Englewood Cliffs public schools system, based in Bergen County, New Jersey offers classes to children from K-8 grades. The school system consists of two schools, the North Cliff school serving grades from K-2 and the Upper school serving grades from 3-8. The school system utilizes cutting-edge technology to assist learning from the classrooms equipped with technology, the 1 to 1 computer tablet initiative to the 6th, 7th and 8th graders to upgrading to the best-in-class wired and wireless infrastructure needed to support the advanced technologies.
At a Glance:
Located in: Bergen County, New Jersey
Number of students: 478
Number of teachers: 39
Access-Points: Thirty three units of 3602i with the 802.11ac module and two units of 3602e
Switch and Controller: Ten units of 3850 Series switch, that offers 40 Gig of line-rate performance even with imix traffic. Wireless LAN controller functionality is run within the switch itself. The switches are deployed in stacks of two and the rest are single switches. The wireless controller functionality is operating on the main stack in each school MDF. Operating in the latest release IOS-XE 3.3.3 Read More »
Tags: 11ac, 802.11, 802.11ac, access point, controllers, Converged Access, customer, deployment, education, englewood cliffs, equipment, Gig, imix, infrastructure, initiative, IOS XE, K-8, macbook, mdf, network, performance, school, switch, tablet, technology, UA, unified access, wi-fi, wifi, wired, wireless, wlan
In just two years, indoor location technology has taken off and attracted a lot of buzz across industries, from retailers to healthcare. But it’s no longer a conversation about just Wi-Fi – the introduction of beacon devices, including iBeacon, has added a new dimension to location technology for IT and their line of business counterparts to grapple with on how to leverage it to better reach their customer base.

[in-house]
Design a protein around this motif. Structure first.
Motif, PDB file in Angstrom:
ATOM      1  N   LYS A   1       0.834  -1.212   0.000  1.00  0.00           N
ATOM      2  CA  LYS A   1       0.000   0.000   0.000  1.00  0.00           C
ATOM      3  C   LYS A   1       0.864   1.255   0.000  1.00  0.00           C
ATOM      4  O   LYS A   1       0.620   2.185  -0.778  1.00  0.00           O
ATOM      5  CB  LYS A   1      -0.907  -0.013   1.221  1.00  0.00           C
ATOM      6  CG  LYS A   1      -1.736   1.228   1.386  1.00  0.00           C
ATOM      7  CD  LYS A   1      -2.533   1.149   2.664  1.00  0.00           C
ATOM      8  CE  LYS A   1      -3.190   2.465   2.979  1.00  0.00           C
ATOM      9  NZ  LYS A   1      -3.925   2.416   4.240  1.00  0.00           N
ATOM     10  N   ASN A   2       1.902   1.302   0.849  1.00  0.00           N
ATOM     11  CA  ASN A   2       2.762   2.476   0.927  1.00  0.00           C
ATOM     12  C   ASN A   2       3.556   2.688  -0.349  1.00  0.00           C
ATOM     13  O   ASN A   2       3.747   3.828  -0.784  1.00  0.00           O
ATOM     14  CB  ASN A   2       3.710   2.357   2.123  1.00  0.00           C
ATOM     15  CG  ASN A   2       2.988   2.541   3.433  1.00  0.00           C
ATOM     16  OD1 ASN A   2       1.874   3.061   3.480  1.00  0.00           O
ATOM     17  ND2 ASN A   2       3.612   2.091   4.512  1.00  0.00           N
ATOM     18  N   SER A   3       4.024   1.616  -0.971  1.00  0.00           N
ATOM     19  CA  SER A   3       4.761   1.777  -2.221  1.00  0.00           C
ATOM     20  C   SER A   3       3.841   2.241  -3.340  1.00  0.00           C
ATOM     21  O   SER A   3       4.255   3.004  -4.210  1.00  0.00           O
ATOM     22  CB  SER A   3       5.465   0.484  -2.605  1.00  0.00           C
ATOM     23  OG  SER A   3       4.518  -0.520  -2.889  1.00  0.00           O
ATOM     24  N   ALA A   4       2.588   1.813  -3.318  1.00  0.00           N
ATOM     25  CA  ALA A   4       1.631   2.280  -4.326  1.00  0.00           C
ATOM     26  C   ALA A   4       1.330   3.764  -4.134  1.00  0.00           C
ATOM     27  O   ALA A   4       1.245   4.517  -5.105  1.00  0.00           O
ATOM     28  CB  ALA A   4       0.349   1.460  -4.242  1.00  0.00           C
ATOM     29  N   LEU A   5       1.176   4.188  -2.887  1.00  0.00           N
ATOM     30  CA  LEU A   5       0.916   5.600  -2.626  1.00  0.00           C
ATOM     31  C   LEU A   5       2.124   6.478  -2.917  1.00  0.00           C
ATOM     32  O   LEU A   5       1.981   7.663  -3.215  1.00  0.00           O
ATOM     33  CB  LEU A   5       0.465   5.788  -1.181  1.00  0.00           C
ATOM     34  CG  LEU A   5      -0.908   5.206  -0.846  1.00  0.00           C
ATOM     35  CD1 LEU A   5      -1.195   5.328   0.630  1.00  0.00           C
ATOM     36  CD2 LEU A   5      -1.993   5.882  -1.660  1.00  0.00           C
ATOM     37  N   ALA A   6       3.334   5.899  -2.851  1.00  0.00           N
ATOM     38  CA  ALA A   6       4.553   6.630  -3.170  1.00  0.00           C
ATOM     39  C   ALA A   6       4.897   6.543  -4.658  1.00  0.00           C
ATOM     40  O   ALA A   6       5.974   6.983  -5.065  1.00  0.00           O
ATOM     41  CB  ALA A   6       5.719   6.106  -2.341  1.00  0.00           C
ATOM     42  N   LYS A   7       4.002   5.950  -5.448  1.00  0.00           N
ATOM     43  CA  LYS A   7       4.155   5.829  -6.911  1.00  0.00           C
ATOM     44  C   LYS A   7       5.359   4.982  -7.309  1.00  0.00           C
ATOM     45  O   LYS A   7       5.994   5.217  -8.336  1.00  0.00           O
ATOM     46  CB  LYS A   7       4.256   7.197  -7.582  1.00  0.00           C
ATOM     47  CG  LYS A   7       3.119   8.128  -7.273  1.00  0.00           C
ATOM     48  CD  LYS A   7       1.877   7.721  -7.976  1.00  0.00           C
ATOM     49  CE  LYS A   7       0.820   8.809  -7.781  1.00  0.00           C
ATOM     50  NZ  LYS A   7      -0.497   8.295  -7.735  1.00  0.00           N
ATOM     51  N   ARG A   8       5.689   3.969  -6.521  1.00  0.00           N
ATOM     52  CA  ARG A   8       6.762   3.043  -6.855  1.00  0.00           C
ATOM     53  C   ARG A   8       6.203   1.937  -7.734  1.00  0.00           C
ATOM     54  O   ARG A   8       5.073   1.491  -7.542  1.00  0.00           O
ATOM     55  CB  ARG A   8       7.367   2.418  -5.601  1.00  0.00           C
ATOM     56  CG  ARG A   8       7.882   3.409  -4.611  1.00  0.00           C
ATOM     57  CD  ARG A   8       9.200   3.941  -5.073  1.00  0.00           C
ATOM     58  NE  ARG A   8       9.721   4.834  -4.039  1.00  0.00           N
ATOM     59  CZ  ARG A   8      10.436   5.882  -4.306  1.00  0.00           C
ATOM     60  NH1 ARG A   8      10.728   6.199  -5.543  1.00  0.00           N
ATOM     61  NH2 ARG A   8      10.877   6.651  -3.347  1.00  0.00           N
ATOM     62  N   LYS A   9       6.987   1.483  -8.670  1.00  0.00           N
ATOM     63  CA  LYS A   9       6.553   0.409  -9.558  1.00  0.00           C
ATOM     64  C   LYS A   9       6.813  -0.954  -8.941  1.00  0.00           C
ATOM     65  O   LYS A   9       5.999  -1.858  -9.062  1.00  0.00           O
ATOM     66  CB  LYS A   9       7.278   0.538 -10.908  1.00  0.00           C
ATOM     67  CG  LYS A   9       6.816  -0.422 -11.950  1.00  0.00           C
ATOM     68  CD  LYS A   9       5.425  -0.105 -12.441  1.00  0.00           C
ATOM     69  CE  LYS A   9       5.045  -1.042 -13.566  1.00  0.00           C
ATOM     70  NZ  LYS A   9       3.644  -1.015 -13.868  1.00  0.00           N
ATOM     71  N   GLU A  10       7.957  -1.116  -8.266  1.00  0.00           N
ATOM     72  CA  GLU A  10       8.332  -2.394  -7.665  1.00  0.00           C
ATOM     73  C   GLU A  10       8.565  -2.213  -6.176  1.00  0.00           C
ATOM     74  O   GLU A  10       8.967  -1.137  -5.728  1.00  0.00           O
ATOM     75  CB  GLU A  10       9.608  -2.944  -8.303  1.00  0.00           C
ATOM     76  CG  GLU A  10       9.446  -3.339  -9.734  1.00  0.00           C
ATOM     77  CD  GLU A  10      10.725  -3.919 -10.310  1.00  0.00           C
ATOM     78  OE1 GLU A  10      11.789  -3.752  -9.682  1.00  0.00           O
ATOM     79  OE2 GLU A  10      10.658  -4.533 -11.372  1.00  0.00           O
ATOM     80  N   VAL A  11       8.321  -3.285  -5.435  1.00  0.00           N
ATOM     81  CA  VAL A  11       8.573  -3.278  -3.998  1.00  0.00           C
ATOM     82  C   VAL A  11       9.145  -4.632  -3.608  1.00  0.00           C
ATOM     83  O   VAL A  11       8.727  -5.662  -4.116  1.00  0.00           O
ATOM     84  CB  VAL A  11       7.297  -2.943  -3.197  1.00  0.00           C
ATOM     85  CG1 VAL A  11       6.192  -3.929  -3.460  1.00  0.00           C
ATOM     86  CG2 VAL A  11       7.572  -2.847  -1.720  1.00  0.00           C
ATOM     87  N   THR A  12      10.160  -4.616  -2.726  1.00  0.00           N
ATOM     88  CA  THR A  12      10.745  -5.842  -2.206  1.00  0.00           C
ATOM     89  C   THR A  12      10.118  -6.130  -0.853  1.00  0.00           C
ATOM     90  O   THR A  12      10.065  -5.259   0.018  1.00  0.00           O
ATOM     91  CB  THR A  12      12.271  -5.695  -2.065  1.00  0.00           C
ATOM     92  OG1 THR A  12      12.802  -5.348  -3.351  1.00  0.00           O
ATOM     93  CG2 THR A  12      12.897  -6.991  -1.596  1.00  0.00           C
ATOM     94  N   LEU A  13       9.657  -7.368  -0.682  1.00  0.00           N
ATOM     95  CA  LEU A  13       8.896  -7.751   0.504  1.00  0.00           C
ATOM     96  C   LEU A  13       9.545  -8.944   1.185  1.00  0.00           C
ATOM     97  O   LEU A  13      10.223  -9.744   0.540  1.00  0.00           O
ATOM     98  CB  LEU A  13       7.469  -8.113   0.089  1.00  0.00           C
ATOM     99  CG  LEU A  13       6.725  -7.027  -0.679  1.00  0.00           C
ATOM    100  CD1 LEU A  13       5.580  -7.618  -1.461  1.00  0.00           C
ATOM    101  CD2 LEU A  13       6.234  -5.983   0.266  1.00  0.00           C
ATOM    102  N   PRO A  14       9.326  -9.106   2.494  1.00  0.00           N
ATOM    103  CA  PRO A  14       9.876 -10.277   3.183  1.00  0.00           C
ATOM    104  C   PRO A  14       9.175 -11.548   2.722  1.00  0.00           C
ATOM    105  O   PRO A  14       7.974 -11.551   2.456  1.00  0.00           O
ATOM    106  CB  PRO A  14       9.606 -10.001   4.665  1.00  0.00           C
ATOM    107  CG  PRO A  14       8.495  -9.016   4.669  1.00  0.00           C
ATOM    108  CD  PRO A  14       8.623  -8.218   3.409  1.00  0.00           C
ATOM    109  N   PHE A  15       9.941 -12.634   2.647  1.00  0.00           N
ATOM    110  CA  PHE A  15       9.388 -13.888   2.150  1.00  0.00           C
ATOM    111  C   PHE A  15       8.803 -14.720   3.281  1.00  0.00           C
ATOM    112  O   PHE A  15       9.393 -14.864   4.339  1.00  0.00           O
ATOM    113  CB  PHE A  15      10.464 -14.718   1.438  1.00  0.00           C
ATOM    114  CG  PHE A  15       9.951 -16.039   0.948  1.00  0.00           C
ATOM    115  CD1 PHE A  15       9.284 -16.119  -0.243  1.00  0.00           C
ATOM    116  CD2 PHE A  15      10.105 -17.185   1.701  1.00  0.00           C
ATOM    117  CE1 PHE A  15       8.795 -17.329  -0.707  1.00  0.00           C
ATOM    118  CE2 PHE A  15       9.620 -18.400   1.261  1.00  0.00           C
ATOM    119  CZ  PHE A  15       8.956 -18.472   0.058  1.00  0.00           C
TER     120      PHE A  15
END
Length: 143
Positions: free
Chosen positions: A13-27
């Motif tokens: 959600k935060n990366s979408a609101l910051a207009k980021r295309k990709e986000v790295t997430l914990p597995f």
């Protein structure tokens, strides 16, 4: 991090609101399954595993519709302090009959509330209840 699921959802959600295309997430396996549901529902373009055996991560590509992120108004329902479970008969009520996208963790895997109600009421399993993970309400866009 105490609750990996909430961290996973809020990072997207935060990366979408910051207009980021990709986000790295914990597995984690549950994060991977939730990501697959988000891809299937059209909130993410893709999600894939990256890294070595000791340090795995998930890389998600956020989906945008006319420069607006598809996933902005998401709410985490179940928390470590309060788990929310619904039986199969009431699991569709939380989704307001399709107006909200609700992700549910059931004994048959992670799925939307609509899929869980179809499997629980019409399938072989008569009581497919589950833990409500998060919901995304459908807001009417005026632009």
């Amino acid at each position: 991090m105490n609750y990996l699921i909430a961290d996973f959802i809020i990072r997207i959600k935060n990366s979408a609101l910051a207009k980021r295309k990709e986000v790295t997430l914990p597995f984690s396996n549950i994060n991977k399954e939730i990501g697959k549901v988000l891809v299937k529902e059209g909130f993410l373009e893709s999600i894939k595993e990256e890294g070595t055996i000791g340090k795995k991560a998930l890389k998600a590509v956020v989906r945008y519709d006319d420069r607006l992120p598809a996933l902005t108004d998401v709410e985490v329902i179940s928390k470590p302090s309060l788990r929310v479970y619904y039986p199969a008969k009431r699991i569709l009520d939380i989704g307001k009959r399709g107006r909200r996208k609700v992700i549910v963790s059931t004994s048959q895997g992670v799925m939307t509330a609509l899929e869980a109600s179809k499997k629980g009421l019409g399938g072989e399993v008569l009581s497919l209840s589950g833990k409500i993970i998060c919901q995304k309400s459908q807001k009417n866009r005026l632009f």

Some customers have been asking about beacon technology and how it fits in with Wi-Fi, so let’s start from the beginning:
How do beacons work?
Beacons are sensors that send out Bluetooth low energy (BLE) tracking tags. These sensors can be placed around a venue, such as a store, and a mobile device can pick up the BLE signal and determine that it is in close proximity. When a mobile app is built off of this technology, it can be used in interesting ways to interact with the end user, such as notifying a customer of a promotion for an item they are close to.
I’m having trouble differentiating Wi-Fi and beacons. What do I need to know? Read More »
Tags: access, analytics, Apple, beacon, BLE, bluetooth, byod, Cisco, cmx, consumer, customer, deployment, device, dimension, Enterprise, GPS, granular, Guest, healthcare, ibeacon, indoor, Indoor location, IT, lbs, line-of-business, location, location based services, marketing, mobility, mobility services engine, mse, network, operation, productive, productivity, proximity, retail, sales, tag, technology, track, tracking, wi-fi, wifi, wireless, wlan
Johns Hopkins Medicine is one of the leading health-care providers in the US. The Johns Hopkins University School of Medicine is consistently ranked as one of the top Medical Schools in the US and the Johns Hopkins Hospital is consistently ranked #1 in the US for 21 years in a row! In a previous blog in 2012, we described how the Cisco Wireless LAN controller 7.5 release enables wireless networks to recover with no client re-authentication in the event of a primarily controller failure. In this blog, I will share more details about unified access deployment at the Johns Hopkins Hospital with particular focus on the High Availability design.
Patients are the focus at Johns Hopkins Hospital. Johns Hopkins uses state-of-the-art technology in their hospitals to ensure that patients get the latest advances from surgical tools, radiologic imaging suites with the best diagnostic capabilities to something as humane as sound-absorbing private rooms for each patient. Read More »